On Monday 17 September the United Nations chief investigator for Syria, Paulo Pinheiro, said that “foreign elements”, including fundamentalist fighters, are operating inside the war-torn country. He also accused both sides of carrying out war crimes, although the list of atrocities alleged against the government was longer. Activists estimate that up to 27,000 people have lost their lives in the conflict so far. But what Mr Pinheiro was outlining was official confirmation of what many people have known and even admitted before: that overseas influences are being deployed inside Syria for outside political and religious objectives.

On Sunday 16 September General Mohammad Ali Jafari, the commander of Iran’s Revolutionary Guards, confirmed that members of its special forces are in Lebanon and Syria providing “counsel and advice”. However, the commander denied that the existence of the commandoes meant that Tehran had a ‘military presence’ in either country. On Tuesday 18 September Egypt hosted Iran as part of a get-together of the ‘Islamic Quartet’, which also includes Saudi Arabia and Turkey. Cairo warned Tehran that the two countries’ relations are going to continue to stumble along unless the latter changes its stance on the situation in Syria.

It has long been understood that Iran has been worried that the Syrian civil war is having a negative effect on its alliances in the area. The government of Bashar al-Assad, which has been responsible for the worst bloody episodes of the conflict so far, has been one of Iran’s friends for a long time. The admission that the elite Iranian Quds Forces are also out and about in Lebanon is not a great surprise either, seeing as Hezbollah are based in that country.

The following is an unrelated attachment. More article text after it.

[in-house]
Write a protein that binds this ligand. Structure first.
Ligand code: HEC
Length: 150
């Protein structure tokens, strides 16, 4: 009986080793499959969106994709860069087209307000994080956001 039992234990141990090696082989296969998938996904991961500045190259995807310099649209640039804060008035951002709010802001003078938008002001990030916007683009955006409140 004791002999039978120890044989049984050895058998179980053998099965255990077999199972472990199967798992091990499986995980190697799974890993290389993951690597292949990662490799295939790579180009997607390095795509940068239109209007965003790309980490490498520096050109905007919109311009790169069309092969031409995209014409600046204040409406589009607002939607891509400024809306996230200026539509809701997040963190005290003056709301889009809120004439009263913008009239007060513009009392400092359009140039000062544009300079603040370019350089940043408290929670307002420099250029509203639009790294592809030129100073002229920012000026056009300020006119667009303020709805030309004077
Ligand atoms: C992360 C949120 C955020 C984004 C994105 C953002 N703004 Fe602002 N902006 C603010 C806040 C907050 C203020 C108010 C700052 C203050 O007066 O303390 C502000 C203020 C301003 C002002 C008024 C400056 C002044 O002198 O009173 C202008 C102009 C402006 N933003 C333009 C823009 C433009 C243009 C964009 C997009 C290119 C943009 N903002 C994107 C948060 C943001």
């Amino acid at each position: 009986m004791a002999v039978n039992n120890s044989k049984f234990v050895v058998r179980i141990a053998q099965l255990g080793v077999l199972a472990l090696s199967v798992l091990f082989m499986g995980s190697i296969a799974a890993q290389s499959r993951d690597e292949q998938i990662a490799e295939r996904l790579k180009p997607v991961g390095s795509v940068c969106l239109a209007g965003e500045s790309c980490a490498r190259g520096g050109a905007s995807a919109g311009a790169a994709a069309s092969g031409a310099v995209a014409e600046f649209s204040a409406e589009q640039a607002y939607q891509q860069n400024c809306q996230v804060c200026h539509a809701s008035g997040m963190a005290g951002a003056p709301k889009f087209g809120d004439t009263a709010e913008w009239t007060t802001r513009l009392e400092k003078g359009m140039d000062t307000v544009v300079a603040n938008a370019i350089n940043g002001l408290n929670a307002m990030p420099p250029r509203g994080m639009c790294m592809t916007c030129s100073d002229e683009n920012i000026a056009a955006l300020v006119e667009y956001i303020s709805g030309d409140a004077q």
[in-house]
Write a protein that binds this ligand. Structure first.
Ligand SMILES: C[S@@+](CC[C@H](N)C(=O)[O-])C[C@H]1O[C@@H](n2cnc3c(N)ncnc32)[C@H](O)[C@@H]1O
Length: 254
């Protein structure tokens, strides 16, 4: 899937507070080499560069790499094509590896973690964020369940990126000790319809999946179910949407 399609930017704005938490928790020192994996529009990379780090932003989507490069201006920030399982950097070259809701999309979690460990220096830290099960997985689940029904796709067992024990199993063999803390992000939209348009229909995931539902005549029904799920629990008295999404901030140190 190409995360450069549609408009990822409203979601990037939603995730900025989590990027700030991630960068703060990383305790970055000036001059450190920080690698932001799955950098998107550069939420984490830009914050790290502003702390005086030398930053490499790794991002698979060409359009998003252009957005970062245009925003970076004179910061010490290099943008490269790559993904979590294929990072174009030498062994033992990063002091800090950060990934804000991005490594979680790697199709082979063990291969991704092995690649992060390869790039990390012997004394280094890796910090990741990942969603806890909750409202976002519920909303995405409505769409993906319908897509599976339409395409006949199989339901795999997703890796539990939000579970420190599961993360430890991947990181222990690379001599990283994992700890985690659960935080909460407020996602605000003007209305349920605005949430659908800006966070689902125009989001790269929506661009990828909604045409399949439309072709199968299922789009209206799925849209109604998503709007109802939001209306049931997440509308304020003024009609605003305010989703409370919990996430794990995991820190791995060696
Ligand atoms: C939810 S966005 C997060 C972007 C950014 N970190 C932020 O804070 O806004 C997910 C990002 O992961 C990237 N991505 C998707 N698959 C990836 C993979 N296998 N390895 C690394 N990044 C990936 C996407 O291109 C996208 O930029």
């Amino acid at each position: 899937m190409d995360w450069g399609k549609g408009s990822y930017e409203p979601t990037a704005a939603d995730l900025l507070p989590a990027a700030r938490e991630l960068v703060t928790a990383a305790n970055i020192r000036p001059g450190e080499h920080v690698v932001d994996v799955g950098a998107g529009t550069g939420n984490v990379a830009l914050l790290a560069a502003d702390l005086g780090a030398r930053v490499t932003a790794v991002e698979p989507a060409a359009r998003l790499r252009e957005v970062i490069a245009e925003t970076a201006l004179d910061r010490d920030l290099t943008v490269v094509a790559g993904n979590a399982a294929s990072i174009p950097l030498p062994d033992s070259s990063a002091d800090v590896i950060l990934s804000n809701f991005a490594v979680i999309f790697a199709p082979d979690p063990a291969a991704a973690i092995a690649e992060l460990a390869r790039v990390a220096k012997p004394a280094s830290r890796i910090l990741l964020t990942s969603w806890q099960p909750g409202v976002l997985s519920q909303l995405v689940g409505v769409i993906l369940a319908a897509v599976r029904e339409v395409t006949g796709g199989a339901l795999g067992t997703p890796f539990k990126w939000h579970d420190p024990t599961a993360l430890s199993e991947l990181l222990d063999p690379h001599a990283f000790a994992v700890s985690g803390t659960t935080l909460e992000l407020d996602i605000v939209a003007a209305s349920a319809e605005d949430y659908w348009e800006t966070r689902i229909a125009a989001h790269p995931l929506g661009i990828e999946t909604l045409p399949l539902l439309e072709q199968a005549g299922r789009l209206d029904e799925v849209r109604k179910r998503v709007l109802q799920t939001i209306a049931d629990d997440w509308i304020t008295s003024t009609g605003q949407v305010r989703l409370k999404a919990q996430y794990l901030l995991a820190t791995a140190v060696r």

All three parties – the Iranian state, the Hezbollah movement and the Syrian leadership – are linked by the Shia branch of Islam. They all have a mutual aim and a clear desire (as any political entity anywhere in the world would have) to continue to exist and to exert power where they can. At the moment, the civil war in Syria is stirring up all sorts of regional power and influence struggles and the Islamic religious dividing lines are one of the most obvious battle areas.

Saudi Arabia, the massive Sunni Muslim strongman, is none too happy about Iran getting involved and Riyadh is licking its lips at the prospect of kicking out the Assad Alawites (an offshoot is Shia Islam) and installing a new Sunni government in Damascus. Saudi Arabia has been flexing its muscles by arming the rebel fighters in Syria and while it is undeniable that the regime has acted in an unjustifiable manner in suppressing opposition to its rule in such a brutal way, you cannot simply characterise the rowdy rebels as ‘the good guys’ and thus, by default, laud Saudi Arabia for its actions. Paulo Pinheiro’s words on Monday condemning the violence from either side prove this.